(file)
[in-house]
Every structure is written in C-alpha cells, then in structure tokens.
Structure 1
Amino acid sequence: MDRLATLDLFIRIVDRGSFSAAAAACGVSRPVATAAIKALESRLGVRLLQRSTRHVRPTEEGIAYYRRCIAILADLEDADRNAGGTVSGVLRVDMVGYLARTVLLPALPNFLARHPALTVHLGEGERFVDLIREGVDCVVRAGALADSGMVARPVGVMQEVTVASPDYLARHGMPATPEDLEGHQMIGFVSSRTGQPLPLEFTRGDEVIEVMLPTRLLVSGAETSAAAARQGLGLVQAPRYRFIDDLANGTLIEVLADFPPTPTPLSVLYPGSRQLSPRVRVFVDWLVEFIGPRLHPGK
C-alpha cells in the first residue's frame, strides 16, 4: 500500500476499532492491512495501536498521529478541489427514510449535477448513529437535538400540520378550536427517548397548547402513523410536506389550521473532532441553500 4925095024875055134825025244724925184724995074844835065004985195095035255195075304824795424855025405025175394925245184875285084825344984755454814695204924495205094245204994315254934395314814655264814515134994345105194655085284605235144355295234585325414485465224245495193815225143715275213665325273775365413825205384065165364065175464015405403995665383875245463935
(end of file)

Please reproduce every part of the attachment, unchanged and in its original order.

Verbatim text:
[in-house]
Every structure is written in C-alpha cells, then in structure tokens.
Structure 1
Amino acid sequence: MDRLATLDLFIRIVDRGSFSAAAAACGVSRPVATAAIKALESRLGVRLLQRSTRHVRPTEEGIAYYRRCIAILADLEDADRNAGGTVSGVLRVDMVGYLARTVLLPALPNFLARHPALTVHLGEGERFVDLIREGVDCVVRAGALADSGMVARPVGVMQEVTVASPDYLARHGMPATPEDLEGHQMIGFVSSRTGQPLPLEFTRGDEVIEVMLPTRLLVSGAETSAAAARQGLGLVQAPRYRFIDDLANGTLIEVLADFPPTPTPLSVLYPGSRQLSPRVRVFVDWLVEFIGPRLHPGK
C-alpha cells in the first residue's frame, strides 16, 4: 500500500476499532492491512495501536498521529478541489427514510449535477448513529437535538400540520378550536427517548397548547402513523410536506389550521473532532441553500 4925095024875055134825025244724925184724995074844835065004985195095035255195075304824795424855025405025175394925245184875285084825344984755454814695204924495205094245204994315254934395314814655264814515134994345105194655085284605235144355295234585325414485465224245495193815225143715275213665325273775365413825205384065165364065175464015405403995665383875245463935